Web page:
From all the analysis to date, the suggestion would be to stay true to the turmeric plant by following a preparation process favoured by natural medicine with thousands of years of practise by creating a more nutritionally complete product comprising of both curcumin and a variety of its natural compounds. When consumed in this form the nutrients come together synergistically in the body showcasing the powerhouse of health benefits that Turmeric has.
What are the main health benefits and claims associated with turmeric?
What is known and proven to date and what you can trust is that turmeric; can aid digestion, help support healthy liver function, act as a strong antioxidant, stimulate contractions of the gallbladder, help aid the symptomatic relief of dysmenorrhea (TCM) and help relieve mild rheumatic joint pain (Ayuervedic).
A limited amount of studies have shown promising results in aiding the management of ailments such as chronic inflammation, cancer prevention, treatment of depression, immune regulation, pain relief, skin disease, bone disease and various others creating a focus point for research to come.
How can I increase my chances of getting the benefits?
Natural turmeric powder has low bioavailability, indeed most of the turmeric ingested is not absorbed by the intestines. Concentrated curcumin is even less so and rarely do we see high serum levels from capsules or tables ingested. However, one thing that is know is that when 20mg of piperine (a wonderful molecule found inside black pepper) was added to curcumin the bioavailability increased by 2000%.
In addition to this, turmeric is a fat soluble molecule. Without being too scientific, this suggests that for it to be carried more efficiently around the blood and cross over into the cells, it is advised that fat molecules are to be consumed at the same time. Hence, turmeric is often suggested taking with a fatty milk, oil, cream or yoghurt.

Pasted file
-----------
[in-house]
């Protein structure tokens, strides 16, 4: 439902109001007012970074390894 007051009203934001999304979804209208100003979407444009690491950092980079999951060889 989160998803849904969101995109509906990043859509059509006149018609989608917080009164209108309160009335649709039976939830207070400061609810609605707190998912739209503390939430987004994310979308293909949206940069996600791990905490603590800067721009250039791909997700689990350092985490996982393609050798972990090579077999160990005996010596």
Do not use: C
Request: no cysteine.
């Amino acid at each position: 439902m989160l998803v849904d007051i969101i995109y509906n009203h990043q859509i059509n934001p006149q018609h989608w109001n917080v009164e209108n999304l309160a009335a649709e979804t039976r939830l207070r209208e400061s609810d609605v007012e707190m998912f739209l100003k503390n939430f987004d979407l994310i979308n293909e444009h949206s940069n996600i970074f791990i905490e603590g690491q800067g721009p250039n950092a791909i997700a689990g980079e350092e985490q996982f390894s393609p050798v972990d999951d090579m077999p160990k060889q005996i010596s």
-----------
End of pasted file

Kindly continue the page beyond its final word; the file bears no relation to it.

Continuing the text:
Picture: Golden Latte @nutritionrepublic
How much do I need?
Most of the research is done with around 2-6g of turmeric powder taken daily over a period of time, although there is currently no specific recommended daily intake. As more conclusive studies are completed, we will learn more as the exact amount and format we should focus on consuming. For the time being, always start with less, suggestion around 2g per day of pure turmeric powder to check your stomach and gallbladder is comfortable with the dose. For your peace of mind, high levels (up to 10g per day) have been tested to be safe but this is probably not necessary long term to take.
Take home messages
Always opt for good quality organic turmeric powder because there can be imitators out there (filling with bulk agents and metals).
Try avoiding mixing sugar with turmeric, the two are detrimental to each other.
Ensure there is enough turmeric in a serving and enough black pepper to be having an effect and maximising absorption.
Try taking with meals or a drink with a fatty nut milk.
Start with small dose and increase gradually. Avoid taking it on an empty stomach.
A whole approach using fresh turmeric root or powder is potentially going to be better for you in terms of absorption and general wellbeing than concentrated curcumin tablets – Mother Nature knows best.
Written by Nutritionist and Holistic Health Coach - Tahli Watts, Golden Grind